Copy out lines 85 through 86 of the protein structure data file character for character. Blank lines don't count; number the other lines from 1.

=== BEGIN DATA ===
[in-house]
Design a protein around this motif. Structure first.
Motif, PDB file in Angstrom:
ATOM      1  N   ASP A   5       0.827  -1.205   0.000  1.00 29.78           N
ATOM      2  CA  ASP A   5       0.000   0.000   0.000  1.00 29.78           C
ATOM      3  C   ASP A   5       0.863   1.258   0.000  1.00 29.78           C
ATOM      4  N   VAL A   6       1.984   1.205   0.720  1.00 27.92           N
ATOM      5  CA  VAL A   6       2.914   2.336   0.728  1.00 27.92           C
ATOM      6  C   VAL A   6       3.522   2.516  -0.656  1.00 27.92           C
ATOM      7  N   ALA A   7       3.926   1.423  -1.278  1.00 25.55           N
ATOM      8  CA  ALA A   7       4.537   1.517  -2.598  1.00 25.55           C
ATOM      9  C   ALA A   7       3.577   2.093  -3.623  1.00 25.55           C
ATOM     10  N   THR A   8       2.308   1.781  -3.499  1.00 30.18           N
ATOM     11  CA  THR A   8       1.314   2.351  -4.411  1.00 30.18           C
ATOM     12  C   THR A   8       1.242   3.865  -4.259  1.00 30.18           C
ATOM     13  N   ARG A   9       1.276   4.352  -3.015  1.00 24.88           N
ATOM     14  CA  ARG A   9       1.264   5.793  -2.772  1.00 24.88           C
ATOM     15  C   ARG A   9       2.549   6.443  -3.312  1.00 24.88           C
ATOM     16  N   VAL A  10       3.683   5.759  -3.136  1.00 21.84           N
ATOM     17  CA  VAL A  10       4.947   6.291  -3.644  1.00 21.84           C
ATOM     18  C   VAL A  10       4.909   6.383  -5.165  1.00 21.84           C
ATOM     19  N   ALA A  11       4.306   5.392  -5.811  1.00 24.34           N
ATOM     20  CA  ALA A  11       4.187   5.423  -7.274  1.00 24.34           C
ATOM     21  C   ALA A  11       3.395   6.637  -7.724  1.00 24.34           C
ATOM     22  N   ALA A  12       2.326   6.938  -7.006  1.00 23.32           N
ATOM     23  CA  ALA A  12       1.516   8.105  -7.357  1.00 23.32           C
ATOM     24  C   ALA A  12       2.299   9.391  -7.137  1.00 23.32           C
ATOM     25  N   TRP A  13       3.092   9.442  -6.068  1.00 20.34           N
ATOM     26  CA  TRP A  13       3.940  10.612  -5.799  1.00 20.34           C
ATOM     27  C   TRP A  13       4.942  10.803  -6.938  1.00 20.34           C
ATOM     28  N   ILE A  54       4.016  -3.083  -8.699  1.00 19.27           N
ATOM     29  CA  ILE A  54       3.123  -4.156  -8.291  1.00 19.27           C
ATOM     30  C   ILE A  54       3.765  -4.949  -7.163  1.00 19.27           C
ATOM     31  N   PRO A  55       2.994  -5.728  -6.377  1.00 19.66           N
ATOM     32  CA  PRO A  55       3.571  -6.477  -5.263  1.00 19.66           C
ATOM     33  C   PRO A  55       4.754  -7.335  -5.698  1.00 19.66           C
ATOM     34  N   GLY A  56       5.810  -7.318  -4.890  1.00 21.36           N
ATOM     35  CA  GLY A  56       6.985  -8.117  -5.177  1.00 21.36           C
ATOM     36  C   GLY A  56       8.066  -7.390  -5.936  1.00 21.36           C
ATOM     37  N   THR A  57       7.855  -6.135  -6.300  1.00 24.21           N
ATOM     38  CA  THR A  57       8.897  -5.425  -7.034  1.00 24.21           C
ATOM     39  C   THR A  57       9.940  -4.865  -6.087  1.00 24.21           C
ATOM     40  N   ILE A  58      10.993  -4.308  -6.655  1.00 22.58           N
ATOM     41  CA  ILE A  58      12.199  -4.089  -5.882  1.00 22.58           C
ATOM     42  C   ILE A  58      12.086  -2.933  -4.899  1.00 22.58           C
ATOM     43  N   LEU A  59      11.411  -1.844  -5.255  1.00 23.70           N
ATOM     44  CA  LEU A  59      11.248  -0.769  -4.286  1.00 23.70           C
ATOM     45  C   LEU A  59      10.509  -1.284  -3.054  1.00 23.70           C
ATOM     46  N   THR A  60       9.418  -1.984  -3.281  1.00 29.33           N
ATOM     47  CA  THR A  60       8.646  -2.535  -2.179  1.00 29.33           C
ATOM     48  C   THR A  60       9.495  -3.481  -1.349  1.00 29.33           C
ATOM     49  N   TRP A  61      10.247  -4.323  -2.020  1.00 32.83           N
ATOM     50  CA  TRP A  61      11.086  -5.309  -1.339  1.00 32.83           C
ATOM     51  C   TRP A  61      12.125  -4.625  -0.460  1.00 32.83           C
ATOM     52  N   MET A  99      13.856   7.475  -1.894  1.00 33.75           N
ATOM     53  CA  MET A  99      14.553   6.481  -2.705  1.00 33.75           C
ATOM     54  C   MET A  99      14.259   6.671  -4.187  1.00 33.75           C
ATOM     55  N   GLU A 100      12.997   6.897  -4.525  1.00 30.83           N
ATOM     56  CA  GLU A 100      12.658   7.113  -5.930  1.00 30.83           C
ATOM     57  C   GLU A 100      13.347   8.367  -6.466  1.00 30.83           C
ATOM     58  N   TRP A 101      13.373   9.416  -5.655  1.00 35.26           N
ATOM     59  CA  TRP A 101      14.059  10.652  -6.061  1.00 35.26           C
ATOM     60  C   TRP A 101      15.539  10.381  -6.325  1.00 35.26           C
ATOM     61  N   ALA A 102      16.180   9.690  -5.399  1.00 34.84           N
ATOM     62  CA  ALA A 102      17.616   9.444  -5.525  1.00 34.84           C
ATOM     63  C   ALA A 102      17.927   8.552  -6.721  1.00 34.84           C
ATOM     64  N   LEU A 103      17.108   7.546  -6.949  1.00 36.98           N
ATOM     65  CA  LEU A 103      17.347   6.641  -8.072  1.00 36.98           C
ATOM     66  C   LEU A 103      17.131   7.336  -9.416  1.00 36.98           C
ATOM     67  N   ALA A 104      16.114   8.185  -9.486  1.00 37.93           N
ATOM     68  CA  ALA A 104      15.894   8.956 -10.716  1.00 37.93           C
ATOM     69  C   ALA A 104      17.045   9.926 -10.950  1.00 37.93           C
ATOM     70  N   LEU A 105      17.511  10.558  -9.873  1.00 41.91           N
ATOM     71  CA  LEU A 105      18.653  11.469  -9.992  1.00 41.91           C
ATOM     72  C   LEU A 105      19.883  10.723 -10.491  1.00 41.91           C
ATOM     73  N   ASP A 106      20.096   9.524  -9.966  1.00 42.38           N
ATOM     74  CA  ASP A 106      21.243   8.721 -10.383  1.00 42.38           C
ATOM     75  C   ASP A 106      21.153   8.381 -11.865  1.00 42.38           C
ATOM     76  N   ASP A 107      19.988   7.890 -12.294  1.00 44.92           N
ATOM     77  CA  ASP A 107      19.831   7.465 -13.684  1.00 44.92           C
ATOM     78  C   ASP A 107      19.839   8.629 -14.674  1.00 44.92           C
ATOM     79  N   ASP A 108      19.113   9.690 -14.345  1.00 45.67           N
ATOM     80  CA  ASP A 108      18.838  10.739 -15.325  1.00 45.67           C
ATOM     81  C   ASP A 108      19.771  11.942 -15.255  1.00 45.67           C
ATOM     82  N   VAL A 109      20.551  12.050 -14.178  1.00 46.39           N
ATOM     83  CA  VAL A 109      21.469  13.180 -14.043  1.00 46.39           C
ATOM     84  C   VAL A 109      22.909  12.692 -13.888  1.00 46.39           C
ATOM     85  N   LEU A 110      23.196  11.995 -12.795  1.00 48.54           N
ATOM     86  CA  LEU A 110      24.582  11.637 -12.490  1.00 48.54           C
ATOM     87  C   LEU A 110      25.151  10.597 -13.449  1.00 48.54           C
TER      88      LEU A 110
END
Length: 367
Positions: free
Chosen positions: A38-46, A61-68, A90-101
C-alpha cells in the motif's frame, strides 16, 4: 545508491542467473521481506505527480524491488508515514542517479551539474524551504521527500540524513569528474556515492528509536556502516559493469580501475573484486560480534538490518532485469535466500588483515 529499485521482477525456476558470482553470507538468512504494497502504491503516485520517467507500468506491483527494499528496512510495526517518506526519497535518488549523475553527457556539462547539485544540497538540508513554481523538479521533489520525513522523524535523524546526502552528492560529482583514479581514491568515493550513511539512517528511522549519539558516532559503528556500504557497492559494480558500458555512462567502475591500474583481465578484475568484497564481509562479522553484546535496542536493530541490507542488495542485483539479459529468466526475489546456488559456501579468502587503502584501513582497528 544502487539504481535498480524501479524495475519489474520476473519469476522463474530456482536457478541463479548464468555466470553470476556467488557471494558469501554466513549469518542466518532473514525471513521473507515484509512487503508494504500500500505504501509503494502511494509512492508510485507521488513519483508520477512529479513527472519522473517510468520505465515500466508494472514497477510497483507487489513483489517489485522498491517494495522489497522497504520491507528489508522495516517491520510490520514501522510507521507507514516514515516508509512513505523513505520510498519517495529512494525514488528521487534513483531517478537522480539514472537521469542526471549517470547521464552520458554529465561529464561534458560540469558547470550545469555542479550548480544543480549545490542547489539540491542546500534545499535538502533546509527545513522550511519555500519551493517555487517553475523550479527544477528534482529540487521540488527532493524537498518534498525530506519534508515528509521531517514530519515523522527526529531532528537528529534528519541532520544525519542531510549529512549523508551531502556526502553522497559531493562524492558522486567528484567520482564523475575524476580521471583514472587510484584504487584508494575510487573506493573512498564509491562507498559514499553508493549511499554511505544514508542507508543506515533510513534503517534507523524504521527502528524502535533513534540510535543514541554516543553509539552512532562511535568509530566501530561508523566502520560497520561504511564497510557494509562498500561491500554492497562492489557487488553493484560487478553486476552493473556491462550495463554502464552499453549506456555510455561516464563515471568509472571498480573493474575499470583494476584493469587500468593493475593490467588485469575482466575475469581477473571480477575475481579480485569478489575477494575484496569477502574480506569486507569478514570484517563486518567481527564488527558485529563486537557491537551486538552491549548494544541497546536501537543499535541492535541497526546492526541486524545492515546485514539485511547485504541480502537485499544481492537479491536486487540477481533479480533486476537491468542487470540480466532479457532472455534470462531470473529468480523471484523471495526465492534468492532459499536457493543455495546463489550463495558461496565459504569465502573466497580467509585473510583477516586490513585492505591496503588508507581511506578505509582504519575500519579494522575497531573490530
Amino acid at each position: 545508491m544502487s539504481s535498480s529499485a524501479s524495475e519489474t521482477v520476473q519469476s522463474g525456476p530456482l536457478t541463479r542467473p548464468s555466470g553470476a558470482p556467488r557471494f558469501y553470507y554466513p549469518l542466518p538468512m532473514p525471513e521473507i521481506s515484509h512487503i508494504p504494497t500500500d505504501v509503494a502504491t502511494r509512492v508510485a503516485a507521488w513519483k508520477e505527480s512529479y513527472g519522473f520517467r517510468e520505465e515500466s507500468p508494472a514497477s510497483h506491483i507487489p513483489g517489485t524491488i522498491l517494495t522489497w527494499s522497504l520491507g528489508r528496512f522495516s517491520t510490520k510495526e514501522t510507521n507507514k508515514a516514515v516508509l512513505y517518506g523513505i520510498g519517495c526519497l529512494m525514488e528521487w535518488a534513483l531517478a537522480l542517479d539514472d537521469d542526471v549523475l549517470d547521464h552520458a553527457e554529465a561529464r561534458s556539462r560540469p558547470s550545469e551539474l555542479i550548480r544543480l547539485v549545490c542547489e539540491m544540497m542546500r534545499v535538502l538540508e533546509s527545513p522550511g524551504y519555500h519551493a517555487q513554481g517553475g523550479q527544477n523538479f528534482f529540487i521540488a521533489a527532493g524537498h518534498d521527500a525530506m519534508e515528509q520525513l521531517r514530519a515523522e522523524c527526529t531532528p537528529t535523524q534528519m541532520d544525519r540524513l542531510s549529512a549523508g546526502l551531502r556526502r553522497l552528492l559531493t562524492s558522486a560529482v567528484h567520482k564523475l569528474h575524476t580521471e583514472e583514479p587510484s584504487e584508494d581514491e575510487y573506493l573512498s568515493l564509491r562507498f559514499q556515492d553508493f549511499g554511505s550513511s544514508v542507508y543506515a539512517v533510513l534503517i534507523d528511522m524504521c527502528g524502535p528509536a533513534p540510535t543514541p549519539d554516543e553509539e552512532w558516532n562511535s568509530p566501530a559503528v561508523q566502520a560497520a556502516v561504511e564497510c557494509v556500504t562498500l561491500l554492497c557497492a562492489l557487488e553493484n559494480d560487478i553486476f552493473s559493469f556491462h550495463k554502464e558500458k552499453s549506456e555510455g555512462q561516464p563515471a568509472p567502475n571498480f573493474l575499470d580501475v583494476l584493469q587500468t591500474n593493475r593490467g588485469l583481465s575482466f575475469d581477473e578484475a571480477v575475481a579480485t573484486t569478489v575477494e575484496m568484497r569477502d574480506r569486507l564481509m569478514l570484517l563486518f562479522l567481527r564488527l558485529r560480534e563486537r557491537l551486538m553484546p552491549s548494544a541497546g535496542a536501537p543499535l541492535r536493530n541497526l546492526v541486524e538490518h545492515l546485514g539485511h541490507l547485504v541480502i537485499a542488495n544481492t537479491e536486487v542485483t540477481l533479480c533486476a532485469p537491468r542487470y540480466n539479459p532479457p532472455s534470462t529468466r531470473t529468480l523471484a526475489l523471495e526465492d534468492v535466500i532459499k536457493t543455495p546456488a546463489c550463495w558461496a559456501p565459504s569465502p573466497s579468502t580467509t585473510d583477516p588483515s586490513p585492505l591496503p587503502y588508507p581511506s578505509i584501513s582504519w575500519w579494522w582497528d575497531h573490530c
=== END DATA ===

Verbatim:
ATOM     82  N   VAL A 109      20.551  12.050 -14.178  1.00 46.39           N
ATOM     83  CA  VAL A 109      21.469  13.180 -14.043  1.00 46.39           C